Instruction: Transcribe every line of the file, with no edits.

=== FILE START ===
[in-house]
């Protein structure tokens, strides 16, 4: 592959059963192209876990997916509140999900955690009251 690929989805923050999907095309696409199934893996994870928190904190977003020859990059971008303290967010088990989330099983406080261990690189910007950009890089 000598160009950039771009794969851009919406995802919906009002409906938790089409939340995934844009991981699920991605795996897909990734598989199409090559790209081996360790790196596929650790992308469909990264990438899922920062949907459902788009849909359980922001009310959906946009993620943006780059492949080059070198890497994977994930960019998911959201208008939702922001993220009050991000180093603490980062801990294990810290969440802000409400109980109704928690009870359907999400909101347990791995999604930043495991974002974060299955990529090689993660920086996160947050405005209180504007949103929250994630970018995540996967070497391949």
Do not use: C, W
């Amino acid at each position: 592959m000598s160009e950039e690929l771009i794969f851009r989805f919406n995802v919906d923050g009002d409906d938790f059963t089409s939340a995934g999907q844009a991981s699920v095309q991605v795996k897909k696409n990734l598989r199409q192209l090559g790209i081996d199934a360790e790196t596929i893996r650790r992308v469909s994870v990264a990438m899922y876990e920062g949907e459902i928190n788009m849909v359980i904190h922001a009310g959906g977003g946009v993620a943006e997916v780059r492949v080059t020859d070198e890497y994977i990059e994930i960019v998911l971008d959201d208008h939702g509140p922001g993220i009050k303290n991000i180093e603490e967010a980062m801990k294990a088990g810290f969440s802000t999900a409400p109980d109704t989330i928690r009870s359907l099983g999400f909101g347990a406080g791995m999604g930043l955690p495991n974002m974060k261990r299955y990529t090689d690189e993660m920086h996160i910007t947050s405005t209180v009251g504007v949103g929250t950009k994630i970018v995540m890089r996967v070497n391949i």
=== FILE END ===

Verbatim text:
[in-house]
């Protein structure tokens, strides 16, 4: 592959059963192209876990997916509140999900955690009251 690929989805923050999907095309696409199934893996994870928190904190977003020859990059971008303290967010088990989330099983406080261990690189910007950009890089 000598160009950039771009794969851009919406995802919906009002409906938790089409939340995934844009991981699920991605795996897909990734598989199409090559790209081996360790790196596929650790992308469909990264990438899922920062949907459902788009849909359980922001009310959906946009993620943006780059492949080059070198890497994977994930960019998911959201208008939702922001993220009050991000180093603490980062801990294990810290969440802000409400109980109704928690009870359907999400909101347990791995999604930043495991974002974060299955990529090689993660920086996160947050405005209180504007949103929250994630970018995540996967070497391949």
Do not use: C, W
């Amino acid at each position: 592959m000598s160009e950039e690929l771009i794969f851009r989805f919406n995802v919906d923050g009002d409906d938790f059963t089409s939340a995934g999907q844009a991981s699920v095309q991605v795996k897909k696409n990734l598989r199409q192209l090559g790209i081996d199934a360790e790196t596929i893996r650790r992308v469909s994870v990264a990438m899922y876990e920062g949907e459902i928190n788009m849909v359980i904190h922001a009310g959906g977003g946009v993620a943006e997916v780059r492949v080059t020859d070198e890497y994977i990059e994930i960019v998911l971008d959201d208008h939702g509140p922001g993220i009050k303290n991000i180093e603490e967010a980062m801990k294990a088990g810290f969440s802000t999900a409400p109980d109704t989330i928690r009870s359907l099983g999400f909101g347990a406080g791995m999604g930043l955690p495991n974002m974060k261990r299955y990529t090689d690189e993660m920086h996160i910007t947050s405005t209180v009251g504007v949103g929250t950009k994630i970018v995540m890089r996967v070497n391949i």